Sun Mountain 50 Miler
I departed for Lake Patterson Cabins in the late evening of May 12th and arrived before midnight (after a 4 hour 30 minute drive) and was welcomed by Aaron Long and the Cowgills. They were kind enough to let me set up my sleeping pad on the floor of their cabin, which was significantly more comfortable than sleeping in the car. I was ready to compete in the Sun Mountain 50 miler at 5:30AM the next morning. The Sun Mountain 50 Miler is a Rainshadow Running classic which takes place on the eastern side of the North Cascades flanking the Chelan Sawtooth Wilderness high above the Methow River Valley.
The start finish line was only a short walk from the cabin which made for very easy pre race preparation. Anticipating a scorching day with exposed treeless ridges, I filled a 2L hydration bladder and slathered copious amounts of sunscreen all over my body. The race started with a shout from James Varner to follow him around the cabins before hitting the narrow trail to the ridge. Even in the early dawn, the sun was burning through the cloudless sky, but fortunately the temperatures were only in the low 50s.
I started up the Cabin trail which transitioned to the Magpie Loop trail, with a group of three other runners. The opening miles were slightly uphill but very smooth and runnable. Unfortunately within the first miles there was a deep stream running over the trail which was unavoidable. I typically make a concerted effort to keep my feet dry throughout my races to avoid foot troubles which lead to changes in my gait and thus potential injuries. Because the stream was within the first two miles, I knew I would have to cross it a total of four times due to the out and back nature of the course to the start/finish line.
From the Magpie Loop trail, we turned onto the Lower Inside Passage trail, and then to the Thompson Ridge trail, which started the loop portion of the course. The vegetation transitioned from a sparsely tree covered hillside to a treeless hillside dominated by the vibrant yellow flowered Arrowleaf Balsamroot and a peppering of purple Lupine. We had lively conversations going as we slowly ascended the Thompson ridgeline to a high point of 5000 feet above sea level. We were treated to panoramic views of the valleys below and the towering snowcapped peaks to the distance.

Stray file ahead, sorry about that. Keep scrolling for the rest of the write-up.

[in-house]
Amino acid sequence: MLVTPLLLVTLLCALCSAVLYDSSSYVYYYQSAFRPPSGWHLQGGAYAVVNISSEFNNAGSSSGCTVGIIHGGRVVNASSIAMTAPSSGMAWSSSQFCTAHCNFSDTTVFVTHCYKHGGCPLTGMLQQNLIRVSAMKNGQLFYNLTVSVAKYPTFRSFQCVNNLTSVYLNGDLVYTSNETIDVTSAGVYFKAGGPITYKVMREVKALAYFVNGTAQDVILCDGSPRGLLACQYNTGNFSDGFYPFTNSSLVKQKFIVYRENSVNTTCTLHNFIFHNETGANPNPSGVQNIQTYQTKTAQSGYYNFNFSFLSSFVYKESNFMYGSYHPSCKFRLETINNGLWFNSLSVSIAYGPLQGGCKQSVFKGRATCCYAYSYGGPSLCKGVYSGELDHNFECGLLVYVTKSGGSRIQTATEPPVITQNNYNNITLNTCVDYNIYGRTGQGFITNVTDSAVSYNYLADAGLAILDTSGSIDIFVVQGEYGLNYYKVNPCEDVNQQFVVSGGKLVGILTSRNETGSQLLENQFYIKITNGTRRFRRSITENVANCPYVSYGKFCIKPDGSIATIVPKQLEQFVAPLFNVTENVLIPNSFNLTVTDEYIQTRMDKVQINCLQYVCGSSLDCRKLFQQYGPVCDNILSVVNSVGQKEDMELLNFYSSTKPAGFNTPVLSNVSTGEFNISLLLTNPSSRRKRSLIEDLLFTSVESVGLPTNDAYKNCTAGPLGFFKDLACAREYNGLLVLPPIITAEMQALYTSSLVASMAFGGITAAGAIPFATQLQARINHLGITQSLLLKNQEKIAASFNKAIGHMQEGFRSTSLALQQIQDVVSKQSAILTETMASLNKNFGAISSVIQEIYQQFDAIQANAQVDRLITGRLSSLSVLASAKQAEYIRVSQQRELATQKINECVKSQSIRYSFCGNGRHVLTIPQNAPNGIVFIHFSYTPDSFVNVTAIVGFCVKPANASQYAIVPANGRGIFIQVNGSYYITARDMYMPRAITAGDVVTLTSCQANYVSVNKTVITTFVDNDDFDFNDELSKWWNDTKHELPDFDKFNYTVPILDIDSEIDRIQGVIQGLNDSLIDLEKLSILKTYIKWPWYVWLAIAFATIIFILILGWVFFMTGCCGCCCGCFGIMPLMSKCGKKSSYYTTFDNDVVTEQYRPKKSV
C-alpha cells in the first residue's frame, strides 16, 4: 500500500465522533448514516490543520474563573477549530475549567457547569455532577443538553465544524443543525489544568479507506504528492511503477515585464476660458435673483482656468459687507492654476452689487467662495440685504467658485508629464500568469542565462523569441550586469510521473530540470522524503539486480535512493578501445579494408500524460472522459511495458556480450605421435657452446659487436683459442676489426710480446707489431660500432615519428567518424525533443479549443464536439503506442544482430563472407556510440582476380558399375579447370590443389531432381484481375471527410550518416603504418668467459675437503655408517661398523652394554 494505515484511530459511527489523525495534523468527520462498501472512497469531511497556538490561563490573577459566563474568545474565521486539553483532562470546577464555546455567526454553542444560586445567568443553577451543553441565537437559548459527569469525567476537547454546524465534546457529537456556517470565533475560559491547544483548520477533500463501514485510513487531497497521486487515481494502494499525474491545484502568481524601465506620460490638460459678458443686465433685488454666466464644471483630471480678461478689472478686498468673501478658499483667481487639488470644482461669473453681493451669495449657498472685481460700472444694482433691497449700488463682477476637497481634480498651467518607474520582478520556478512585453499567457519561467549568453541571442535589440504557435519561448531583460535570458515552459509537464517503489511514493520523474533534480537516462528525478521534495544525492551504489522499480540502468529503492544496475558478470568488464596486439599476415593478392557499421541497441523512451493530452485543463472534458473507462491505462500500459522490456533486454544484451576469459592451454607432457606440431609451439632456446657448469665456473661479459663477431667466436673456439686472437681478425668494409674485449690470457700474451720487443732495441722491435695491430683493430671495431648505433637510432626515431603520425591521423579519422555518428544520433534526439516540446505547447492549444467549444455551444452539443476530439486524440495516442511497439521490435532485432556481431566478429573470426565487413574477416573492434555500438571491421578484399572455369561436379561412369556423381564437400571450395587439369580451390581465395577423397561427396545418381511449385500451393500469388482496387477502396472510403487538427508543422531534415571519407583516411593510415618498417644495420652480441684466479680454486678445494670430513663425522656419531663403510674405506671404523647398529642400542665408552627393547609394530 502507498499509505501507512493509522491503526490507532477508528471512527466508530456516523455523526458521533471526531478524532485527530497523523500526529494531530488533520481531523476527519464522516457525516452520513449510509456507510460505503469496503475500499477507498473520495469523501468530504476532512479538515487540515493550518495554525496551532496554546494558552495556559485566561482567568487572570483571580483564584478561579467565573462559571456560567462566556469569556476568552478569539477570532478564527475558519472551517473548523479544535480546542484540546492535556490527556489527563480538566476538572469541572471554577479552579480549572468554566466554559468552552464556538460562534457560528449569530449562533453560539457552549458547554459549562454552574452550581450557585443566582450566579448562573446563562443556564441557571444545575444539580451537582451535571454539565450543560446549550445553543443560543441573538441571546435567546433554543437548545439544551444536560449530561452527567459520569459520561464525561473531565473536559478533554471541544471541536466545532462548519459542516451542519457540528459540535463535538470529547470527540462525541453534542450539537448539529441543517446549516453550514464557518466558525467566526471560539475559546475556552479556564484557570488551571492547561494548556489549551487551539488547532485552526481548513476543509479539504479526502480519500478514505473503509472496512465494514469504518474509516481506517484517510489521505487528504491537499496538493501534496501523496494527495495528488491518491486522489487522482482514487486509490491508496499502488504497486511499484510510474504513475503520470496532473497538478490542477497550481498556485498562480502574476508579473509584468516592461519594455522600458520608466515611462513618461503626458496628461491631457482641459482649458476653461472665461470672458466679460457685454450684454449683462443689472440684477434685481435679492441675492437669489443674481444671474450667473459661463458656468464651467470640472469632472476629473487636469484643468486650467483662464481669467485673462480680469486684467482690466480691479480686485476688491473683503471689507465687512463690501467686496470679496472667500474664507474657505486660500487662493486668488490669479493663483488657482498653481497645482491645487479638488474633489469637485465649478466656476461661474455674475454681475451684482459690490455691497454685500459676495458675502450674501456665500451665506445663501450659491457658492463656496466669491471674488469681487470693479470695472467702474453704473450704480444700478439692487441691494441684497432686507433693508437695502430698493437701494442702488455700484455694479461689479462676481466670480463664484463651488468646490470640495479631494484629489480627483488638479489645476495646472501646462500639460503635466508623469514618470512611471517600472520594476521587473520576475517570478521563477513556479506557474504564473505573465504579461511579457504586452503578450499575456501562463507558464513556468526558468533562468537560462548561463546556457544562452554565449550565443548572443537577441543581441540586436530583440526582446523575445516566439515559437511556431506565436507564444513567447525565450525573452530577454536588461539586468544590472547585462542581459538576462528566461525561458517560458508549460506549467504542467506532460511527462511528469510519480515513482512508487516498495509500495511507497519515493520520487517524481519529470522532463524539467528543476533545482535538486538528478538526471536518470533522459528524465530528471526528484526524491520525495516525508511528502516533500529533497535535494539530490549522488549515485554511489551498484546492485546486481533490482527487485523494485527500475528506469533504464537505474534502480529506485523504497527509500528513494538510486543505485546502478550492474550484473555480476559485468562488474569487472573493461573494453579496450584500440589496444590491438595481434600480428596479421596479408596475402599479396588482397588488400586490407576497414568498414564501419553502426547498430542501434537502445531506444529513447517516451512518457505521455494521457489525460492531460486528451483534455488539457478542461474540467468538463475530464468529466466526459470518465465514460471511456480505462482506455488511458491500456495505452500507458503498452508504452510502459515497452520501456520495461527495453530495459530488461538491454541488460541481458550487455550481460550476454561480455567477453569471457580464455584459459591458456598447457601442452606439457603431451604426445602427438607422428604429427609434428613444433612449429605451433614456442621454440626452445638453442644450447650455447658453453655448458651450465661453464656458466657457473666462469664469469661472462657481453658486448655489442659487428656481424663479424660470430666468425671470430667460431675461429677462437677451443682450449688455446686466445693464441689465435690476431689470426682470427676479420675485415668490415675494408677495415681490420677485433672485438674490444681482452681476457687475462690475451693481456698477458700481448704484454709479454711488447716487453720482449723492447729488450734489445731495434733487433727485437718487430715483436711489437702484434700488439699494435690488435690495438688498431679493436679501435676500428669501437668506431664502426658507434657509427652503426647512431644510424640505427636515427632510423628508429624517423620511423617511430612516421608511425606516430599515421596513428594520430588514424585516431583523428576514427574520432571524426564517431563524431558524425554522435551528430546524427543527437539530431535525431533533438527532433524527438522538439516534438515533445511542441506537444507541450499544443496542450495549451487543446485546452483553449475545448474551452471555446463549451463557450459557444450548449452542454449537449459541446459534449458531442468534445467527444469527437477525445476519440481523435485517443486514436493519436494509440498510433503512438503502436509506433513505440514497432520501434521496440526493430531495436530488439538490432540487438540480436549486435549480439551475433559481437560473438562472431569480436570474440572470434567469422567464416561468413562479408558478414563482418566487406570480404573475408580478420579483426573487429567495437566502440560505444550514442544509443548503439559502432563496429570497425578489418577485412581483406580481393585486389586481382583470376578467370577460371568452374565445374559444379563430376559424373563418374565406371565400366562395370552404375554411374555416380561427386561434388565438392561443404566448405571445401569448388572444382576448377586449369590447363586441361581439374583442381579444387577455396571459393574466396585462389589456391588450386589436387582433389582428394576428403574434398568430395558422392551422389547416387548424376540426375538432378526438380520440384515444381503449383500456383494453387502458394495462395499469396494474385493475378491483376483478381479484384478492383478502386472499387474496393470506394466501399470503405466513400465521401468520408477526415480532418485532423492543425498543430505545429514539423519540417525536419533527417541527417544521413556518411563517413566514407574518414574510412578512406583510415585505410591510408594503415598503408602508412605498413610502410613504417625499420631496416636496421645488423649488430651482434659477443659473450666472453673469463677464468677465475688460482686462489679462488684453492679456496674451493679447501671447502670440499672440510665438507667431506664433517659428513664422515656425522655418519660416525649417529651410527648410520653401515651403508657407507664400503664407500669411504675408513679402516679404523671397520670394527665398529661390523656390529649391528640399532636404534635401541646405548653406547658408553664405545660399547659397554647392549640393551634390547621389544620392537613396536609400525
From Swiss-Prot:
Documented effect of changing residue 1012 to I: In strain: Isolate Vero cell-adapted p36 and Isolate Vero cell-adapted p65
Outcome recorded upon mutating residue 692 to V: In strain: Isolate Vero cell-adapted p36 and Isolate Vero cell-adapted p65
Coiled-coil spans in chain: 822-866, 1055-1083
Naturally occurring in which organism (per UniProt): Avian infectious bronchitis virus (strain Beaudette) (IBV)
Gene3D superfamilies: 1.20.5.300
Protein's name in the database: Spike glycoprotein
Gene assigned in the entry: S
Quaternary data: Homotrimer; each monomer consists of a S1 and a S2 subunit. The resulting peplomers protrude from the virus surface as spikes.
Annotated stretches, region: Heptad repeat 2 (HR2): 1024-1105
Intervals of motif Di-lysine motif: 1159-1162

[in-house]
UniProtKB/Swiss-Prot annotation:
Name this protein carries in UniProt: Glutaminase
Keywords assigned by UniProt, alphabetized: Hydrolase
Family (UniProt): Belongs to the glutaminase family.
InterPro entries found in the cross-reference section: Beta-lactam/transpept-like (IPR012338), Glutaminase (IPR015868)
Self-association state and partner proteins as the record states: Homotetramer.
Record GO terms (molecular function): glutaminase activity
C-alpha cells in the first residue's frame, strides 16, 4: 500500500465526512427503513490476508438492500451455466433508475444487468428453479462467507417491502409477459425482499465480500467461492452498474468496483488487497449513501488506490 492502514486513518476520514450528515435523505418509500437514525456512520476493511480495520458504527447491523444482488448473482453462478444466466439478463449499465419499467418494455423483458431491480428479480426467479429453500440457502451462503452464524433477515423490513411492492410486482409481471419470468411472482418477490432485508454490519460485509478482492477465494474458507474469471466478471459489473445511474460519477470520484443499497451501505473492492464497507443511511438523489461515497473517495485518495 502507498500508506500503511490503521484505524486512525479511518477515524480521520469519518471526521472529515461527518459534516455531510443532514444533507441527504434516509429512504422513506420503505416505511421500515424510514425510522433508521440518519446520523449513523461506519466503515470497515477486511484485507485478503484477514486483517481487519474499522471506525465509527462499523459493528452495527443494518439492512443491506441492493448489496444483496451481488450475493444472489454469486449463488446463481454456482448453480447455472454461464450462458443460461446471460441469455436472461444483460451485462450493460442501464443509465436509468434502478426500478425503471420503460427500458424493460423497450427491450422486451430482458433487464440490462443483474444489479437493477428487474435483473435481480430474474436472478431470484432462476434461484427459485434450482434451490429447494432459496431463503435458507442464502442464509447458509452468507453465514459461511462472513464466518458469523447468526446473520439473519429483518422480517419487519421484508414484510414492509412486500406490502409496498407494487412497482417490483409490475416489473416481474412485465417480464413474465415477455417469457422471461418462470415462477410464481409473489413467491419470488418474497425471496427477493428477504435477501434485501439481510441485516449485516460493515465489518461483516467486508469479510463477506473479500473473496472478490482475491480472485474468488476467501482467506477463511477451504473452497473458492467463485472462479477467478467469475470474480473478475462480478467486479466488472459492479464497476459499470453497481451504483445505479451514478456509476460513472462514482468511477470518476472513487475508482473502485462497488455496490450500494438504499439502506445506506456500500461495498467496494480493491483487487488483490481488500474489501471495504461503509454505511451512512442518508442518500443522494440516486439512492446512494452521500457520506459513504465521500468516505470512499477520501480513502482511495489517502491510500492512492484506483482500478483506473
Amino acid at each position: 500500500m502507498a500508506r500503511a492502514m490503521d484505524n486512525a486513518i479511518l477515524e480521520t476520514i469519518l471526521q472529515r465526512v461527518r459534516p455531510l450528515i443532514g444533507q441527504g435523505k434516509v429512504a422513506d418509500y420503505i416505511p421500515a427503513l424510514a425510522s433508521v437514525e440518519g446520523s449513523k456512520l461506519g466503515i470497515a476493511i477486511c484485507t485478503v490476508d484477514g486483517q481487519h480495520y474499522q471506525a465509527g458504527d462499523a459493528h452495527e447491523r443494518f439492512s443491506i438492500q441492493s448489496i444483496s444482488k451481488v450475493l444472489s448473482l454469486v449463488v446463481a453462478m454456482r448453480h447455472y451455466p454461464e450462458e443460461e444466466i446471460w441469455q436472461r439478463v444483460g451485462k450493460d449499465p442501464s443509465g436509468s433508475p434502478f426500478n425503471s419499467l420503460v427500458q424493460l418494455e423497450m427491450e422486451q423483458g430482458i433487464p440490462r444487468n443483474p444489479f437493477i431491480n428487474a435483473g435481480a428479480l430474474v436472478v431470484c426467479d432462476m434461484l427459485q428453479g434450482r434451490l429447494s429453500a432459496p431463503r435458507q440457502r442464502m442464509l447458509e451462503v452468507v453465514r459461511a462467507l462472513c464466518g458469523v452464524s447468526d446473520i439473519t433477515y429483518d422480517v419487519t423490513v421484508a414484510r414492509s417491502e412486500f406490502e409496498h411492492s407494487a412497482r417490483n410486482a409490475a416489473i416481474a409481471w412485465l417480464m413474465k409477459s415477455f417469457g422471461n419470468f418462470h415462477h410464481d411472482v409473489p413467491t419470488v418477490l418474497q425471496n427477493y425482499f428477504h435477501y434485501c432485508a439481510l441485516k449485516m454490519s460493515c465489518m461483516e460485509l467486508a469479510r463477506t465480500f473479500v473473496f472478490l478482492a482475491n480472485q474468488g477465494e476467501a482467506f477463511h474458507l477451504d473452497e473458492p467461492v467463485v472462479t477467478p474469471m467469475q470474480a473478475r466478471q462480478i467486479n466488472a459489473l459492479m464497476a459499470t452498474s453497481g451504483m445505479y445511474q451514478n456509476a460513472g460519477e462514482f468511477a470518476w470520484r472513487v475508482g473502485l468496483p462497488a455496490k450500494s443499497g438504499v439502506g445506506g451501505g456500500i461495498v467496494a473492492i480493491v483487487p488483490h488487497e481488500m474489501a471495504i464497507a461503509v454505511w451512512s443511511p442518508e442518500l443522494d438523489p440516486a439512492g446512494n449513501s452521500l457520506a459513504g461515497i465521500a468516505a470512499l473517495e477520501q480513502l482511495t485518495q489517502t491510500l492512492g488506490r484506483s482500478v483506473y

Our group of four generally reached the first aid station (8.9 miles) at about the same time, which was 1:26:38. It required a steep bushwhacking style descent to the forest road where there was a full selection of foods. After a short ascent back to the course junction, the trail descended before making one last climb to another prominence. From there the course plunged downward for the next seven miles following the tight narrow switchbacking Thompson Ridge trail. The trail was quite rocky, but runnable, and the exposed slope was gradually reoccupied by towering pines and firs which offered some respite from the sun.
At mile 13 we reached the stone forest road and the group of four became two groups of the two after Ryan Anderson and I started down the wrong trail for a couple of seconds. We clicked off some quick splits generally ranging from 6:40 to 7:10 until Ryan pulled back with a cramp. I continued down to the Coal Creek Aid Station (16.3 miles 2:24:47) where I quickly refueled and caught Brayden Mills and Rich Cook and we began the climb of Coal Creek Ridge. The Coal Creek Valley was pleasantly cool and shady and it composed the southern border of the course at the confluence of Coal Creek, Myer Creek, and the Twisp River.